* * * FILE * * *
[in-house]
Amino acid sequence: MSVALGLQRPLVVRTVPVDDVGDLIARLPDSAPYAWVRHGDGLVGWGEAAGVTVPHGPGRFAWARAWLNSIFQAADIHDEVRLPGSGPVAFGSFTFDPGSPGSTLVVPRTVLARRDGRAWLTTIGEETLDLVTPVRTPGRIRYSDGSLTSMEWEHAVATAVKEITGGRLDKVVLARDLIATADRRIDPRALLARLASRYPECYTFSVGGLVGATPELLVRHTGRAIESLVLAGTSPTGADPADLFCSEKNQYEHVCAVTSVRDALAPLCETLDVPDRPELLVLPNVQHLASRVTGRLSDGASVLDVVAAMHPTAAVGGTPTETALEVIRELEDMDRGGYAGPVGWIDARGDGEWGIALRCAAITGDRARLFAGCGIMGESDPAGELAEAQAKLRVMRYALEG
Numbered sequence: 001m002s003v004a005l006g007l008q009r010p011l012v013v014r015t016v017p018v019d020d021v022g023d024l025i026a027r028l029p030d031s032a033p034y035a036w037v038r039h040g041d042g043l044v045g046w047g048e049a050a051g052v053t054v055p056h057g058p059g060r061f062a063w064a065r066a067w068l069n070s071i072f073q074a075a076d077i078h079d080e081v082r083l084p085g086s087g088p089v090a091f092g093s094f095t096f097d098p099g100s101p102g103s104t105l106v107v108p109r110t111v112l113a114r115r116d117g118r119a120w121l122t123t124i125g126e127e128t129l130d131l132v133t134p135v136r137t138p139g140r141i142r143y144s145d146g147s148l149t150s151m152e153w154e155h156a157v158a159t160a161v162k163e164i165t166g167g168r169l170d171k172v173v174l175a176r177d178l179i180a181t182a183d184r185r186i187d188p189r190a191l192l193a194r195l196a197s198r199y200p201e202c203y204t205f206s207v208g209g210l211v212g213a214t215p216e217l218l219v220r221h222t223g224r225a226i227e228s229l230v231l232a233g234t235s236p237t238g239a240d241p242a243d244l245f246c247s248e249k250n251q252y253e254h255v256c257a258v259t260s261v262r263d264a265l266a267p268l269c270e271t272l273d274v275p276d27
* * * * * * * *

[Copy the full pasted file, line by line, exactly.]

[in-house]
Amino acid sequence: MSVALGLQRPLVVRTVPVDDVGDLIARLPDSAPYAWVRHGDGLVGWGEAAGVTVPHGPGRFAWARAWLNSIFQAADIHDEVRLPGSGPVAFGSFTFDPGSPGSTLVVPRTVLARRDGRAWLTTIGEETLDLVTPVRTPGRIRYSDGSLTSMEWEHAVATAVKEITGGRLDKVVLARDLIATADRRIDPRALLARLASRYPECYTFSVGGLVGATPELLVRHTGRAIESLVLAGTSPTGADPADLFCSEKNQYEHVCAVTSVRDALAPLCETLDVPDRPELLVLPNVQHLASRVTGRLSDGASVLDVVAAMHPTAAVGGTPTETALEVIRELEDMDRGGYAGPVGWIDARGDGEWGIALRCAAITGDRARLFAGCGIMGESDPAGELAEAQAKLRVMRYALEG
Numbered sequence: 001m002s003v004a005l006g007l008q009r010p011l012v013v014r015t016v017p018v019d020d021v022g023d024l025i026a027r028l029p030d031s032a033p034y035a036w037v038r039h040g041d042g043l044v045g046w047g048e049a050a051g052v053t054v055p056h057g058p059g060r061f062a063w064a065r066a067w068l069n070s071i072f073q074a075a076d077i078h079d080e081v082r083l084p085g086s087g088p089v090a091f092g093s094f095t096f097d098p099g100s101p102g103s104t105l106v107v108p109r110t111v112l113a114r115r116d117g118r119a120w121l122t123t124i125g126e127e128t129l130d131l132v133t134p135v136r137t138p139g140r141i142r143y144s145d146g147s148l149t150s151m152e153w154e155h156a157v158a159t160a161v162k163e164i165t166g167g168r169l170d171k172v173v174l175a176r177d178l179i180a181t182a183d184r185r186i187d188p189r190a191l192l193a194r195l196a197s198r199y200p201e202c203y204t205f206s207v208g209g210l211v212g213a214t215p216e217l218l219v220r221h222t223g224r225a226i227e228s229l230v231l232a233g234t235s236p237t238g239a240d241p242a243d244l245f246c247s248e249k250n251q252y253e254h255v256c257a258v259t260s261v262r263d264a265l266a267p268l269c270e271t272l273d274v275p276d27